An interesting point is that although the onions may be buried within the potatoes, the onions do not become a basis l’davar ha’assur, i.e. they do not take on the muktze of the potatoes, because the onions do not perform as a base to the potatoes. [4]

Likewise, if one’s ice cream is stashed in the freezer behind raw meat (which is muktze nowadays because most people would not eat raw meat) [5] it is permitted to pull out the ice cream even though it will move the raw meat. However, it is forbidden to handle the raw meat directly because there is no heter to move muktze directly for the sake of a heter.

What would be the halacha if the onions were buried within the potatoes? How am I supposed to reach them?

The Shulchan Aruch [6] tells us that one may use a skewer to stab the onions and extract them from within the potatoes. Although the potatoes may move when inserting the spit, nevertheless, since it is indirect tiltul (handling) for a permitted purpose – to get at the onions – it is permitted. [7]

[1] SSK 20:81 and footnote 267.

[2] See the SSK 20:82 and footnote 269.

[3] Simon 311:8.

[4] MB 311:29

[5] SSK 20:28.

[6] Simon 311:9.

[7] MB 311:37.

Food For Thought

I had as yet not removed the storm windows and a heat wave broke out on Shabbos. Am I permitted to remove them on Shabbos?

As I opened the door to my room I realized that the door handle remained in my hand. Was I permitted to reattach it to the rod protruding from the door?

As I was leafing through a calendar hanging from the wall, the nail that fastened it to the wall came out. Am I permitted to loosely reinsert it?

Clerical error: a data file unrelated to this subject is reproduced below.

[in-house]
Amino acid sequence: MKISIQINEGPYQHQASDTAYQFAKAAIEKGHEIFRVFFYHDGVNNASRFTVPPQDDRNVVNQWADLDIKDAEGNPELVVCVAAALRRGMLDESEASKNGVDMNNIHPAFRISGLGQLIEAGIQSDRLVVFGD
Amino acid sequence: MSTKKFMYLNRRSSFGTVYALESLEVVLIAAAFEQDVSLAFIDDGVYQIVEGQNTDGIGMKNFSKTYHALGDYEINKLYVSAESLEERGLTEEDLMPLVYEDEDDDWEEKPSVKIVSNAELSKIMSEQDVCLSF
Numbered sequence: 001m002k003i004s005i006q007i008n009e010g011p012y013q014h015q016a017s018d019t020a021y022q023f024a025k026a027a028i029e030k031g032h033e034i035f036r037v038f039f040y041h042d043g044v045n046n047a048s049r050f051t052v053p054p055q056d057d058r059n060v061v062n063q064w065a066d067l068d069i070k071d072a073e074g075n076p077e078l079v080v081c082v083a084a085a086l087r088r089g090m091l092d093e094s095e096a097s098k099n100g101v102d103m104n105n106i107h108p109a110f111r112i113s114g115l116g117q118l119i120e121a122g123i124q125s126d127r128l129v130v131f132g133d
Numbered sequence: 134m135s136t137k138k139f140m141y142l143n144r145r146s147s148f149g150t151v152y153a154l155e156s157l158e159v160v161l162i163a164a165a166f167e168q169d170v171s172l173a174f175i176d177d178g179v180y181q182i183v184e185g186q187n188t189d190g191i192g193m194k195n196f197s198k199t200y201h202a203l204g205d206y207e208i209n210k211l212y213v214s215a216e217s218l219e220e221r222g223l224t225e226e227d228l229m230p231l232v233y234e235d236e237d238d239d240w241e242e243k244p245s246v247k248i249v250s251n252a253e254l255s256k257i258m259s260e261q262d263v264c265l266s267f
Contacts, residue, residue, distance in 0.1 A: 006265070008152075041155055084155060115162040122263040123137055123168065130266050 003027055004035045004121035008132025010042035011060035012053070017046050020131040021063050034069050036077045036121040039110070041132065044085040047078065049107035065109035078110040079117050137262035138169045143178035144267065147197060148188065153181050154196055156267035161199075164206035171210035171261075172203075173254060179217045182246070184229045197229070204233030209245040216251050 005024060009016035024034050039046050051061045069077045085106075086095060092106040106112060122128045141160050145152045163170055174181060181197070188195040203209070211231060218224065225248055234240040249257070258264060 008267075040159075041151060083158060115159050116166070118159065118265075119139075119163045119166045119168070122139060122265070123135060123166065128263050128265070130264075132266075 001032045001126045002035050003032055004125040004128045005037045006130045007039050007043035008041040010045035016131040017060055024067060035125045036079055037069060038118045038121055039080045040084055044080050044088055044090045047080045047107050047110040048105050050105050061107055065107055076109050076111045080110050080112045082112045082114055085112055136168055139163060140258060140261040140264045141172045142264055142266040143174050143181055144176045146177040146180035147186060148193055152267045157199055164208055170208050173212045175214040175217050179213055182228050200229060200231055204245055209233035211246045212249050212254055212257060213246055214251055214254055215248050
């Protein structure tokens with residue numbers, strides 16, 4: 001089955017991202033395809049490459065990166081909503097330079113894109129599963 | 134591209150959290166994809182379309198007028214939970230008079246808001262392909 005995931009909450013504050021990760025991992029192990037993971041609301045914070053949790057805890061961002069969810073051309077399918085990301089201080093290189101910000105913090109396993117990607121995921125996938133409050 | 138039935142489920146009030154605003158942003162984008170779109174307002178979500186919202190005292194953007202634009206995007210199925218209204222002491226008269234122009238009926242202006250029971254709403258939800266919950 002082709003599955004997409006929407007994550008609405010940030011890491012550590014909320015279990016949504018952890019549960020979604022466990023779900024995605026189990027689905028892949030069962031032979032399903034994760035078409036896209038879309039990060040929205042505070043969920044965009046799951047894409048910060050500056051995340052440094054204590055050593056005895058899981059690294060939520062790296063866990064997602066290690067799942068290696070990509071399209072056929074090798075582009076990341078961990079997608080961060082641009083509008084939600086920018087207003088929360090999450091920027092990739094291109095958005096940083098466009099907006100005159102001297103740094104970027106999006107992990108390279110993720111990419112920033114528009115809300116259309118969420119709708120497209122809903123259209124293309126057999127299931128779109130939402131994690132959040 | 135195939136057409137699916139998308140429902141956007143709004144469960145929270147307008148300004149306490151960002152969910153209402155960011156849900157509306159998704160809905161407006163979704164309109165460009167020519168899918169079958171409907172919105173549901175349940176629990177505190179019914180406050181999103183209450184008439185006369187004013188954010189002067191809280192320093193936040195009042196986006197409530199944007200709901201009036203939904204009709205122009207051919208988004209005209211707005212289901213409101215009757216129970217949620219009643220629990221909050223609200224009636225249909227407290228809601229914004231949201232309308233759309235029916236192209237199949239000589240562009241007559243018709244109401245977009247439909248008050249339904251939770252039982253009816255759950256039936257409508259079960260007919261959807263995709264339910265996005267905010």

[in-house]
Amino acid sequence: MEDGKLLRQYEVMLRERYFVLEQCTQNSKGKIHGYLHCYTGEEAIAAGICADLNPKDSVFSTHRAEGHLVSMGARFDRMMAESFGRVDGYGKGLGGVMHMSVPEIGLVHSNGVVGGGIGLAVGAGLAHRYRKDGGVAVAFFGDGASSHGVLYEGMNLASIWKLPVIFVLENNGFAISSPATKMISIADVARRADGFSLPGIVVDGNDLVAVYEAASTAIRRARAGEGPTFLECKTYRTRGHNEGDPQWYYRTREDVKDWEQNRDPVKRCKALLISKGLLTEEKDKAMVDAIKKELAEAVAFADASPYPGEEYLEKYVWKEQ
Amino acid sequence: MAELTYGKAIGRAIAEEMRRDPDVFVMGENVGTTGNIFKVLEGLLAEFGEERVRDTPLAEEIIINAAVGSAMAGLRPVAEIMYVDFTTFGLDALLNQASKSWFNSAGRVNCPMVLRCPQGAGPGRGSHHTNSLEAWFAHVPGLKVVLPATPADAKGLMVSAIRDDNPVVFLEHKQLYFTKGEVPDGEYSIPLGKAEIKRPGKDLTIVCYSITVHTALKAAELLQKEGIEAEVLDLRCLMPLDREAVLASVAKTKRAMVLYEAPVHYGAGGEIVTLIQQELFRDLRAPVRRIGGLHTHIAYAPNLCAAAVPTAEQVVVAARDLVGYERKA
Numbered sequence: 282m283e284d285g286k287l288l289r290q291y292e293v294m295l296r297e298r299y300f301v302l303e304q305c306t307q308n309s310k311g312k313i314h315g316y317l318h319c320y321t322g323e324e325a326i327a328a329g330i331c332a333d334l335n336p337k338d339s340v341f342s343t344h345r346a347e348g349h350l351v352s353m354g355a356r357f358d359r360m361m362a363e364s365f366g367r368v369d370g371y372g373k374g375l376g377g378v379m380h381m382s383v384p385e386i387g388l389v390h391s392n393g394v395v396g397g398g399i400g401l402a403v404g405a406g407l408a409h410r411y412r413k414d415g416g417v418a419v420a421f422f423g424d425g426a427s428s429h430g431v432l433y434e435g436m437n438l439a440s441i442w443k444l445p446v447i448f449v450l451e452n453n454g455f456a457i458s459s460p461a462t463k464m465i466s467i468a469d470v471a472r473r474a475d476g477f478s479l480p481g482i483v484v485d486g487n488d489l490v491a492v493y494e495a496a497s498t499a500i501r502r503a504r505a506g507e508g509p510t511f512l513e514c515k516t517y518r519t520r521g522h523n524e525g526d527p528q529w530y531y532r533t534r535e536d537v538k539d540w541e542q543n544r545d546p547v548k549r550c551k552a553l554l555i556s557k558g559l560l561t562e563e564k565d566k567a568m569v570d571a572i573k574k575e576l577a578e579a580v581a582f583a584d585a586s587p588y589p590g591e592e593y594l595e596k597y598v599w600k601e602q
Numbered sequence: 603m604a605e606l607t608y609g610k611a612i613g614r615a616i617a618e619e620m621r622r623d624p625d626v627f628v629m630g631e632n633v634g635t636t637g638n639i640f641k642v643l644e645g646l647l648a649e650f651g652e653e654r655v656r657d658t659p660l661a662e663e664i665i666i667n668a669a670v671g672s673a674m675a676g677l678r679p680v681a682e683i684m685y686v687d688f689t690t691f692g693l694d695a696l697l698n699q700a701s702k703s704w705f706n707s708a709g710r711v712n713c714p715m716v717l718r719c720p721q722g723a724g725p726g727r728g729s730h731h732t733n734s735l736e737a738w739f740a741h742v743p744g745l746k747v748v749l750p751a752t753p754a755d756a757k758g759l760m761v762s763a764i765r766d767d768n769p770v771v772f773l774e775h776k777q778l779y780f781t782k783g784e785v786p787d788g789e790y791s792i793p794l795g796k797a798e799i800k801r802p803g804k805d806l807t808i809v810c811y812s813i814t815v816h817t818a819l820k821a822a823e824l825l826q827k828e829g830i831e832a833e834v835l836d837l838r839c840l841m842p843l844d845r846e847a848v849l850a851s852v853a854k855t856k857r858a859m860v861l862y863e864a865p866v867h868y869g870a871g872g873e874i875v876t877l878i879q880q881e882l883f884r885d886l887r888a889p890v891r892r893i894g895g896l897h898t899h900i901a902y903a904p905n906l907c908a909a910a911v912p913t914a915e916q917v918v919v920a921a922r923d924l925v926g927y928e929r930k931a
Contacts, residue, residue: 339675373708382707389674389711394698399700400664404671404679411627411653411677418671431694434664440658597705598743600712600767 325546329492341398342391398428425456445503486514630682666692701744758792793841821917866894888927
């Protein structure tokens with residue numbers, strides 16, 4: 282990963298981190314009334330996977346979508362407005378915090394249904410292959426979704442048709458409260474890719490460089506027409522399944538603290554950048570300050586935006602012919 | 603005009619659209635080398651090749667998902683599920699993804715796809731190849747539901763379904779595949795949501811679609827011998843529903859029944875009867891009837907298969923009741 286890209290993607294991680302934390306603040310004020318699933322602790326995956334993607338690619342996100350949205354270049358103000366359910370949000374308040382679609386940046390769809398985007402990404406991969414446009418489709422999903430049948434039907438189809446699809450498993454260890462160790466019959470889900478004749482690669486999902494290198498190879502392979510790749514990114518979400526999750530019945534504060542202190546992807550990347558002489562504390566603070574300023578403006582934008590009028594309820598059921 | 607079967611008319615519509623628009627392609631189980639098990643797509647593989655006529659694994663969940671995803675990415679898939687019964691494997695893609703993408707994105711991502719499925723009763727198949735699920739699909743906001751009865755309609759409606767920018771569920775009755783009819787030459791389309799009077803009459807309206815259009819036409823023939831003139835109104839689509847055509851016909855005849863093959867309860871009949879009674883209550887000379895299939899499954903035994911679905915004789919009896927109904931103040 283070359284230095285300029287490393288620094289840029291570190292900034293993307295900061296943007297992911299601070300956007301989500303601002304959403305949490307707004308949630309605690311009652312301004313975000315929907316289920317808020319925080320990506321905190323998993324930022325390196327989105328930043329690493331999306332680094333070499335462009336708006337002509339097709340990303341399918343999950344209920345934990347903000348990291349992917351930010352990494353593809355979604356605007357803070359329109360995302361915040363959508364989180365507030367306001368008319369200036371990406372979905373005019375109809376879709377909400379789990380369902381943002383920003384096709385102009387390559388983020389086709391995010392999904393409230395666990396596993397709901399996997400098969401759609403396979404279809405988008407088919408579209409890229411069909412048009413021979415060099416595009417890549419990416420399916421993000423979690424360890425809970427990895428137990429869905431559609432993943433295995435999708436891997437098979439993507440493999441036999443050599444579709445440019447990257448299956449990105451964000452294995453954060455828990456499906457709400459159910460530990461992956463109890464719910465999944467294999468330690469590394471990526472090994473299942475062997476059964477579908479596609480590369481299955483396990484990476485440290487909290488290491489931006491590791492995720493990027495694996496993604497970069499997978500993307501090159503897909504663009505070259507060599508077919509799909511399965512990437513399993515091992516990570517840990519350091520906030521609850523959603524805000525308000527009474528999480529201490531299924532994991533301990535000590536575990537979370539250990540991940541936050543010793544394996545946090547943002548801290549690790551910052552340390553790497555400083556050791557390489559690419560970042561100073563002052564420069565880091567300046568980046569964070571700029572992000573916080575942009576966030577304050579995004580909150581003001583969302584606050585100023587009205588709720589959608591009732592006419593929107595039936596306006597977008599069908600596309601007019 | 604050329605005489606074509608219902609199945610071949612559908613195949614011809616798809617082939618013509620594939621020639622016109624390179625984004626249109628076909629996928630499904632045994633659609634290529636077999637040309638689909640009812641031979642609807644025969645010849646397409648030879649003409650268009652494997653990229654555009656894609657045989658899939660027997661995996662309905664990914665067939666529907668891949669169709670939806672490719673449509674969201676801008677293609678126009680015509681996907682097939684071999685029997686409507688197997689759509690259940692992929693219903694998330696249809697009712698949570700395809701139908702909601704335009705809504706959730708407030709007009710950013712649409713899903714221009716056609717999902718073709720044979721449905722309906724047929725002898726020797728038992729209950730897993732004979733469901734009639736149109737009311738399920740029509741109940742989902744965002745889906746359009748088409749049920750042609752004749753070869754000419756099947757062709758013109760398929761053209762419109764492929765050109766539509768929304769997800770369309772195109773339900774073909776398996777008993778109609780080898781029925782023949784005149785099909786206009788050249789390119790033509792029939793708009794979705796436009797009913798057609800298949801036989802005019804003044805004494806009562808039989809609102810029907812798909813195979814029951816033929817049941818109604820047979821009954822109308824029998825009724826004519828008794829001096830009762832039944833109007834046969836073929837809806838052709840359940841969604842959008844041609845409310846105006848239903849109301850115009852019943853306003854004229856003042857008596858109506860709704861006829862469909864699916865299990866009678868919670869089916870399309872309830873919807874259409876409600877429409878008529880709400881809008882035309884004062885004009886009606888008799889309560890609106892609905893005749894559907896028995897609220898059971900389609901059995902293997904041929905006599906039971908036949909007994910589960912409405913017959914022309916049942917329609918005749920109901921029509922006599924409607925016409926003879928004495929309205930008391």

I once saw the rod in a door hinge detach itself, and a tall fellow quickly reinserted it. I remarked that he was liable to bring a chatas – a sacrifice. He replied that it was not a problem to reinsert it. Who was correct?

Answers coming next week.

Vort on the Parsha

The Torah tells us that you are not able to eat the ‘second tithe’ in your home towns, rather the place to eat it is within the Holy walls. The question is that it should have said that you are not permitted to eat etc, not that you are not – physically – able.

One of the answers is that the Torah is teaching us that something forbidden must be instilled into oneself as if it is physically impossible to do.

Hagaon Rav Moshe feinstein Ztz”l was once called to the phone and it required him to walk within the four amos of someone praying the shmoneh esreh. His escorts remarked that the call was urgent and therefore necessitated his crossing the four amos. Rav Moshe replied that there is a wall in front of that person “how can we cross”?

For a printed version, click here.

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Note:  The purpose of this series is intended solely for the clarification of the topics discussed and not to render halachic decisions. It is intended to heighten everyone's awareness of important practical questions which do arise on this topic.  One must consult with a proper halachic authority in order to receive p'sak.